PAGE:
Susan J. Demas: If you think women can’t win after 2016, try coming to Michigan

April 26, 2019 6:44 am

Gov.-elect Gretchen Whitmer speaks at a Democratic election-night party on November 6, 2018 in Detroit, Michigan. | Bill Pugliano/Getty Images

The pink wave of 2018 — fueled by female rage — has given way to a throwback election for president in 2020.

The race has, so far, been dominated by establishment/pundit favorite Joe Biden, left-wing hero Bernie Sanders, fresh face Pete Buttigieg, old It Boy Beto O’Rourke, and, of course, the tweeter-in-chief himself, Donald Trump.

If you haven’t figured out that all of these hopefuls have a couple things in common, well, you’re probably also a white male.

There are six women running for president right now: Kirsten Gillibrand, Tulsi Gabbard, Marianne Williamson, Elizabeth Warren, Amy Klobuchar and Kamala Harris.

And no, it’s not your imagination. They really are getting less (but more negative) media coverage, as Michigan Attorney Dana Nessel recently pointed out.

Sen. Elizabeth Warren
Elizabeth Warren prior to addressing a rally at Bonanza High School in Las Vegas | Nevada Current

My favorite implicit rule is that you can’t cover a female contender without negatively comparing her to another woman — like the sub-genre of stories backhandedly complimenting Warren while gratuitously slamming Hillary Clinton.

Of course, there’s nothing that makes male journalists descend into a blinding rage more than suggesting they might (even subconsciously) cover women unfairly. Look, there’s nothing sexist about framing the presidency as an office that’s won by “regular guys” who you want to have a beer with. No, that definitely doesn’t box women out.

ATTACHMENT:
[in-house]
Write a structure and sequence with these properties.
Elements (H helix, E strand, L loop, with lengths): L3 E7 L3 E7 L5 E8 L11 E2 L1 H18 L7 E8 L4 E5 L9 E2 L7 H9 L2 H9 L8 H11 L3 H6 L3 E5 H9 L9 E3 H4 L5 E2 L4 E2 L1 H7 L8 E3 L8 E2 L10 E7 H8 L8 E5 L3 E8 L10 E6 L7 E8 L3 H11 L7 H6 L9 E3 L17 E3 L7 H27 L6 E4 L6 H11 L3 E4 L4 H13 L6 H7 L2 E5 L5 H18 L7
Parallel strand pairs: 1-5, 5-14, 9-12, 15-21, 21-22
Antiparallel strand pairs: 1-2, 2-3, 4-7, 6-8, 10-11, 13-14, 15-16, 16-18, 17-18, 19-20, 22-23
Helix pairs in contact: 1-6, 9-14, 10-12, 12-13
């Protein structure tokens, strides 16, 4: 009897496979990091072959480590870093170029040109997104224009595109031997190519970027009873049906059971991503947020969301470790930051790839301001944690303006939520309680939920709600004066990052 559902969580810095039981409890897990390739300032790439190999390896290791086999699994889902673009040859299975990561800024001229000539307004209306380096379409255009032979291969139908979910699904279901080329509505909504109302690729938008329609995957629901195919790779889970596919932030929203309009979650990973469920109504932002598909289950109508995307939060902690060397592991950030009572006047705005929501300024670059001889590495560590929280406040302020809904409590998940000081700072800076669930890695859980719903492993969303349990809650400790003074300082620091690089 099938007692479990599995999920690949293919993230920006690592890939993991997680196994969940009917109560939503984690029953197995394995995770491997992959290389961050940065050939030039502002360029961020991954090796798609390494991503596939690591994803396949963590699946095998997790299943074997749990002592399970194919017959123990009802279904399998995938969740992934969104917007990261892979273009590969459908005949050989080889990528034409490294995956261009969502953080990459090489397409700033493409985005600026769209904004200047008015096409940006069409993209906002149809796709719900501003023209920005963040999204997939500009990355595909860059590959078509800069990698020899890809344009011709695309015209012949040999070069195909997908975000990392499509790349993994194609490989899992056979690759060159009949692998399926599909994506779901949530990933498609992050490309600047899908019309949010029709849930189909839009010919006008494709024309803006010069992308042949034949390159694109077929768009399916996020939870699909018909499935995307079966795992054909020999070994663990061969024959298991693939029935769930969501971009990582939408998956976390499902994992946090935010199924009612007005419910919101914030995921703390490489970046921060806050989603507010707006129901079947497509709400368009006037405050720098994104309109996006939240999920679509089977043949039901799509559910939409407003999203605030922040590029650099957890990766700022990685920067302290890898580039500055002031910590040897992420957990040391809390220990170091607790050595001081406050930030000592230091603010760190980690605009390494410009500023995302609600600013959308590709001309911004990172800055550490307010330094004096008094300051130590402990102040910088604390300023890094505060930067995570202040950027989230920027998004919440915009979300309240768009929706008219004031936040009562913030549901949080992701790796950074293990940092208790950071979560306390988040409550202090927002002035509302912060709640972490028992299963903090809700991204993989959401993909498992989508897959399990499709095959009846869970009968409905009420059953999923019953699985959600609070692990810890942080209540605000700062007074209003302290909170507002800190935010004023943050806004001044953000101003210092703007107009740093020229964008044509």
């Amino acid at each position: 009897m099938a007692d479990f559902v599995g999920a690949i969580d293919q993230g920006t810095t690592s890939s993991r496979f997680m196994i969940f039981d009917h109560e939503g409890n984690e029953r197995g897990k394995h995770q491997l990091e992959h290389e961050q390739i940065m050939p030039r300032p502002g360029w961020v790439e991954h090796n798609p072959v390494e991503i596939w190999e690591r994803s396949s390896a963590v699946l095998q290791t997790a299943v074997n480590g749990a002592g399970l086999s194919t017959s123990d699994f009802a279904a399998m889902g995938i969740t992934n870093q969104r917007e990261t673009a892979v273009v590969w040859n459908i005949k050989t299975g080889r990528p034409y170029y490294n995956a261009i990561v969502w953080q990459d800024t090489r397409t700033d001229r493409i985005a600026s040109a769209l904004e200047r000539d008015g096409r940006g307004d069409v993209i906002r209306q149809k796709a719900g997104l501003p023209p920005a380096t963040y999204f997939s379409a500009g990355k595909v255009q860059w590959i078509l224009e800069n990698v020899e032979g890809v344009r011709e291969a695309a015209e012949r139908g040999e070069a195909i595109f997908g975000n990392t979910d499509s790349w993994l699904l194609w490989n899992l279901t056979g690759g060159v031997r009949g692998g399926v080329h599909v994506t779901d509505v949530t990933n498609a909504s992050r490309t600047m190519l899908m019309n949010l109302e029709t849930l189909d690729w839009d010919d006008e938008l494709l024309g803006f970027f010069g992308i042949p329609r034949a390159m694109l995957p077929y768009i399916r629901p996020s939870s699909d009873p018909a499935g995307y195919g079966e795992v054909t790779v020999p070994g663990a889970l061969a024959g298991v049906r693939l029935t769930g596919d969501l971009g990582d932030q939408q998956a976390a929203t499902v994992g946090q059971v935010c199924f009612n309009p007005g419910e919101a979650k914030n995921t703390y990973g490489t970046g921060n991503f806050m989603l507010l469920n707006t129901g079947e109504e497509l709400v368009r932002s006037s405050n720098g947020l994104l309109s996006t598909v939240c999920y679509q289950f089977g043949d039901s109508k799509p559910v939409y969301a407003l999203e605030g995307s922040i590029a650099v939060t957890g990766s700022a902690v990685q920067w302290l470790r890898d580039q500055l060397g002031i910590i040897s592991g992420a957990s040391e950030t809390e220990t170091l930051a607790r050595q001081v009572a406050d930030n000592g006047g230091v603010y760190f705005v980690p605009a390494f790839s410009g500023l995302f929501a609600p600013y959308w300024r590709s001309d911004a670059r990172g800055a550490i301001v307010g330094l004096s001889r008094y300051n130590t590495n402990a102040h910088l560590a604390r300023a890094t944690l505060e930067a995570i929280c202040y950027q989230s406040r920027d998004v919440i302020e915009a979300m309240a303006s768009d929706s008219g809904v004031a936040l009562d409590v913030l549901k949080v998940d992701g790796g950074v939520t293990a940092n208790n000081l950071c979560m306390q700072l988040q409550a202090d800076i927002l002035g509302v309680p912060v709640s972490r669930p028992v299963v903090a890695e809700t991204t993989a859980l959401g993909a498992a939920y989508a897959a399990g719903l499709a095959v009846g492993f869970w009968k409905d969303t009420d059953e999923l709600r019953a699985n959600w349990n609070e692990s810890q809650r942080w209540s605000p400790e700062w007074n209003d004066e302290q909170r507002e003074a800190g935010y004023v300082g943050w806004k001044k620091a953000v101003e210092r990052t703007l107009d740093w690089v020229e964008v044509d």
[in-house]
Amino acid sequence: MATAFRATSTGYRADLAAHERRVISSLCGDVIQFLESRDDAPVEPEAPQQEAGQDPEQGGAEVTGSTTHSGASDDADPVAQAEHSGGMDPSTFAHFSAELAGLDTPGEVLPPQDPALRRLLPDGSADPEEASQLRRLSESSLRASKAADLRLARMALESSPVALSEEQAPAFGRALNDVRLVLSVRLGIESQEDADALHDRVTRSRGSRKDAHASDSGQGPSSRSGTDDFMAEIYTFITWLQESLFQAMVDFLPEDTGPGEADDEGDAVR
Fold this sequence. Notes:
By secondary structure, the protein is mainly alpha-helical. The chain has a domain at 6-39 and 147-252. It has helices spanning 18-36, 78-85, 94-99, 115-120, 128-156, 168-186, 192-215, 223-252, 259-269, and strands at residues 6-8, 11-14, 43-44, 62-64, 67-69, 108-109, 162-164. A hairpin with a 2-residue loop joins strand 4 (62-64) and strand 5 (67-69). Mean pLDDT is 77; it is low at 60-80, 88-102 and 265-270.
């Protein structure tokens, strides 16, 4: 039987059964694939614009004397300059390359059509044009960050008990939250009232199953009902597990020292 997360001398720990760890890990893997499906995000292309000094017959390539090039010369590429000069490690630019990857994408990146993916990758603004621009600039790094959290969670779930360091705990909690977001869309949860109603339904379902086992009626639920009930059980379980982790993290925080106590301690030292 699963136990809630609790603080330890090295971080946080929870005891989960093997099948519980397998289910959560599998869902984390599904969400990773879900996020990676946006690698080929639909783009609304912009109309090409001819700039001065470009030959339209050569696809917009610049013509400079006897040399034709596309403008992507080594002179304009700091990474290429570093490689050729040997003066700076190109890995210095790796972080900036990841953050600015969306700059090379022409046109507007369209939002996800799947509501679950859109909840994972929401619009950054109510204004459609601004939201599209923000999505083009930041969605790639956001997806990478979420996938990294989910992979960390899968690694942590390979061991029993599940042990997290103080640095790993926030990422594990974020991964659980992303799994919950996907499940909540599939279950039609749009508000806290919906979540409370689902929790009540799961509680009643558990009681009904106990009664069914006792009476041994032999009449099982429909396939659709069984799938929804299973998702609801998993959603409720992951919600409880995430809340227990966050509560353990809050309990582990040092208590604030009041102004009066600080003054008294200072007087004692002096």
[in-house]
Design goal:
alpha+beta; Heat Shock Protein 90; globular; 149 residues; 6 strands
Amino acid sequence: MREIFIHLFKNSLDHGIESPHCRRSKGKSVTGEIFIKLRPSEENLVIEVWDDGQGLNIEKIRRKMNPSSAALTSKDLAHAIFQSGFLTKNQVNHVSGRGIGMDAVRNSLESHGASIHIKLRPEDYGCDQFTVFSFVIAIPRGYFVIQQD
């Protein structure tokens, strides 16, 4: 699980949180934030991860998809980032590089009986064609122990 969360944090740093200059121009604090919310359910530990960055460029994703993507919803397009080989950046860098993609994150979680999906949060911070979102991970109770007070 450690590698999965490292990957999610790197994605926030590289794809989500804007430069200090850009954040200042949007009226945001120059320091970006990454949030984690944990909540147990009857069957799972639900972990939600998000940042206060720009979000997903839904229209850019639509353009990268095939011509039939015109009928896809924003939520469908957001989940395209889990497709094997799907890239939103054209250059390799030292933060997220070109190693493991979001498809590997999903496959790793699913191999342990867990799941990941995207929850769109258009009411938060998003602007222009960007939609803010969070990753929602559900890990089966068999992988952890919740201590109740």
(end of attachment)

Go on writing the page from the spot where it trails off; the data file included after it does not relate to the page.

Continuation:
When all else fails, point to the fact that voters have just decided, at this early juncture, that white male candidates are just more electable — while conveniently ignoring how glossy Vanity Fair profiles of O’Rourke, fawning covering of Buttigieg’s fluency in Norweigan and the Intercept’s relentless stanning of Sanders help shape the debate.

When it comes to analysis of the next election, beltway pundits are fighting the last war — and that’s 2016. And the lesson many have gleaned from Clinton’s defeat is that women just can’t win.

U.S. Sen. Kamala Harris in Detroit | Susan J. Demas

Sorry gals, it’s nothing personal — you can still wear your adorable pussy hats. But it’s almost 2020. Time to listen. Men are running now.

Well, let me break it down in the preferred hackneyed parlance of Ivy League analysts pretending they understand folks in Real America.

I reckon you best hop on one of them fancy aeroplanes and high-tail it to Michigan, where working stiffs will probably pick the next president.

Cuz a funny thing happened in the last election — which was 2018, not ‘16, by the way. Democrats ran the table here in every statewide office.

And you’re going to want to sit down for this one. They were all women, including Nessel, who’s the first openly gay top statewide official here — except for Lt. Gov. Garlin Gilchrist, who made history as the first African American to hold that post.

Sen. Kirsten Gillibrand with MSNBC host Chris Hayes at town hall, March 18, 2019 | Andrew Roth

But wait, how can that be? Trump won the state, appealing to white, blue-collar Macomb County voters with his anti-immigrant schtick and empty promises about coal mining jobs, or whatever.

And yet, Democrat Gretchen Whitmer took Macomb (as well as pretty much all the high-population counties), becoming the state’s second-ever female governor.

But it didn’t have to go down that way. As I first reported in 2017, there was a big, somewhat under-the-radar effort by Democratic poohbahs to persuade a white male savior candidate to jump into the race.

That started after U.S. Rep. Dan Kildee (D-Flint) — who gained a national profile during his city’s water crisis — decided to stay in Congress (it worked out OK; he’s now a key member of majority leadership). Some of the Dem old guard called every white male Democrat (but not their mothers) and begged them to run, since obviously, women and people of color couldn’t win Michigan now.

Gov. Gretchen Whitmer at her first State of the State address | Casey Hull